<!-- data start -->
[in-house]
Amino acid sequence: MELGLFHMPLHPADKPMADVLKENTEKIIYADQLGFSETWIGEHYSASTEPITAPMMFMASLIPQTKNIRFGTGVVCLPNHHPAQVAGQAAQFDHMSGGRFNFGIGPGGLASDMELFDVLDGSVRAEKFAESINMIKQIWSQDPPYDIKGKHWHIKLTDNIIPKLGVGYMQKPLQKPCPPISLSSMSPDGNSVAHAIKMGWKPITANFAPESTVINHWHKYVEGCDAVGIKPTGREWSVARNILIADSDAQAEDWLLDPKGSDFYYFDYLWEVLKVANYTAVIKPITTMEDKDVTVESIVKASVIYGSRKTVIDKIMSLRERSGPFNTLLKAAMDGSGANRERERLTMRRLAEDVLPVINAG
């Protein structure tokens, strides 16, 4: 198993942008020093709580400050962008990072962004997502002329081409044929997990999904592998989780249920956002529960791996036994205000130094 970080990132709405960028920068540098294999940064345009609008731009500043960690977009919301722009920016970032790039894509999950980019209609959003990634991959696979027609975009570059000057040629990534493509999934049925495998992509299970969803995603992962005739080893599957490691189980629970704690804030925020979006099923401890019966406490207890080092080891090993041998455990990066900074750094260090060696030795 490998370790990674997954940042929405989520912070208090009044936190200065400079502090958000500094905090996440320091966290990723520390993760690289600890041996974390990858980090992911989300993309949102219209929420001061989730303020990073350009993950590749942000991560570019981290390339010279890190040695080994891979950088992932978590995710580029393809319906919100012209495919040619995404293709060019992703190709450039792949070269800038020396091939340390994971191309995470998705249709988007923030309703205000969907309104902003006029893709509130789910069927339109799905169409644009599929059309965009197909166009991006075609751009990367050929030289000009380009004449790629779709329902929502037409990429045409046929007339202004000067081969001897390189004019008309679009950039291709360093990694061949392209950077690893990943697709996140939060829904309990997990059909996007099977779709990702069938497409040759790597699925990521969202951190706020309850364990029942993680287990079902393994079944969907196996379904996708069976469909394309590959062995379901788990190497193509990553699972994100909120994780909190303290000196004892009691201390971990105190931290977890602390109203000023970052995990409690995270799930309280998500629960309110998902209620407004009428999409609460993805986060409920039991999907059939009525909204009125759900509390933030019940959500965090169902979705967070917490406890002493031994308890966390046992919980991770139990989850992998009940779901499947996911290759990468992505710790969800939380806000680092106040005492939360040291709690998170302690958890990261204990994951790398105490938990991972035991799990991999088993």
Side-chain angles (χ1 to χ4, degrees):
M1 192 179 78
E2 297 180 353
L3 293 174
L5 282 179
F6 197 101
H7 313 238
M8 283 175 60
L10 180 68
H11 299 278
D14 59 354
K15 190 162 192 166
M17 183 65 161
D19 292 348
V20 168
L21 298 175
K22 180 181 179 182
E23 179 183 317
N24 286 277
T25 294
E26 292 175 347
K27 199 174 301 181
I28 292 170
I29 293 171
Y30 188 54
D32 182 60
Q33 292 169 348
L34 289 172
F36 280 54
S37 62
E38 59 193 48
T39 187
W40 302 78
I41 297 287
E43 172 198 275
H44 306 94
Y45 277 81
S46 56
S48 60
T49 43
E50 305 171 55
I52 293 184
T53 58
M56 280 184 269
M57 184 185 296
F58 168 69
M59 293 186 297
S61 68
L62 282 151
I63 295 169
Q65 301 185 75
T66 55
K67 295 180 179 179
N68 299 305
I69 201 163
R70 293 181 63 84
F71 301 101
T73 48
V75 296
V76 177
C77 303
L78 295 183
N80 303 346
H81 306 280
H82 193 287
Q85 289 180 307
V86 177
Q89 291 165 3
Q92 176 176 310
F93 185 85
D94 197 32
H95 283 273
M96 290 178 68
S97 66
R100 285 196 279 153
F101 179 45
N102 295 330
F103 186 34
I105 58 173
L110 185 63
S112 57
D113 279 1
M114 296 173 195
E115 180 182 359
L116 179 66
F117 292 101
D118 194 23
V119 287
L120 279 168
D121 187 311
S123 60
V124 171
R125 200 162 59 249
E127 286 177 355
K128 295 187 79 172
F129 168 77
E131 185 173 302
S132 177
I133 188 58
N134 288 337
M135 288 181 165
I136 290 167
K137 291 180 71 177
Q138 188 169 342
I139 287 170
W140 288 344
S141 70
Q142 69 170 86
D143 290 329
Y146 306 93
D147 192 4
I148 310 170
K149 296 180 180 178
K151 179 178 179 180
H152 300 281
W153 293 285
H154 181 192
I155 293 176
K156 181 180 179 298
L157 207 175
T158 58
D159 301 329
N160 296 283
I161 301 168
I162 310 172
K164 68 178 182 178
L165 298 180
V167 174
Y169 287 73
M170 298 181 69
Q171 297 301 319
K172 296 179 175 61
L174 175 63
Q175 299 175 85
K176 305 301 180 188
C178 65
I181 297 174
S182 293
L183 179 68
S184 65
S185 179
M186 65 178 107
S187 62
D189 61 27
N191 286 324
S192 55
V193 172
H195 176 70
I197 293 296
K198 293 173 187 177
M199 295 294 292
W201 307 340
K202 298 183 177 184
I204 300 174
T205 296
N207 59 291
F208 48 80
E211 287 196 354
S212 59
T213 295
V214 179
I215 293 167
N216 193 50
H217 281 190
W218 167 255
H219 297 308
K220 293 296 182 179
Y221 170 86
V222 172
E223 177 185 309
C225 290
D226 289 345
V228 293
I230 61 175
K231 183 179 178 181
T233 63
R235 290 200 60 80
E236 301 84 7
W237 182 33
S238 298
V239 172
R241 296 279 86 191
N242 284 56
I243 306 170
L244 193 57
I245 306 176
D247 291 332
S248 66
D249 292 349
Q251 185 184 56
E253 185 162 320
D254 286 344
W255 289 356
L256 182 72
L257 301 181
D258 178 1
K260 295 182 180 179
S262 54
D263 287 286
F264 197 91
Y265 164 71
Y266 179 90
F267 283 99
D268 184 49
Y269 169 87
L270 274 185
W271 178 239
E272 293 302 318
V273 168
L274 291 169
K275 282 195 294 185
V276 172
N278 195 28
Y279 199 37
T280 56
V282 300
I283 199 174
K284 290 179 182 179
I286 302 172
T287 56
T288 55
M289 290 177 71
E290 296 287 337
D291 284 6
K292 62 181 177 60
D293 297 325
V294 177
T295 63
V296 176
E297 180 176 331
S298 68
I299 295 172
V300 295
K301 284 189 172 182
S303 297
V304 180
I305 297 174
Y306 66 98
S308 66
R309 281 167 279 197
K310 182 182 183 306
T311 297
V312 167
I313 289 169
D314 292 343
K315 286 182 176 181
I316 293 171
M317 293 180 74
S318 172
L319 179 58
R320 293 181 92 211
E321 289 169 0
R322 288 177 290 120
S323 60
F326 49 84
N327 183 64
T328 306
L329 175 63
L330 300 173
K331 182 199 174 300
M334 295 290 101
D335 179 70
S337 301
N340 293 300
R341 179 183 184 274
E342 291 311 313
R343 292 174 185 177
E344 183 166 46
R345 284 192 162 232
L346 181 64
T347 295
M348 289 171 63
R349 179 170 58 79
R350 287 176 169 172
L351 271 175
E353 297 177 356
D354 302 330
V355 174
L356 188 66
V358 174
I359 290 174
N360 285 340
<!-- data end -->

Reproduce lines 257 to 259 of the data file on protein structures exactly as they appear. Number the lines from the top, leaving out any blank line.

S323 60
F326 49 84
N327 183 64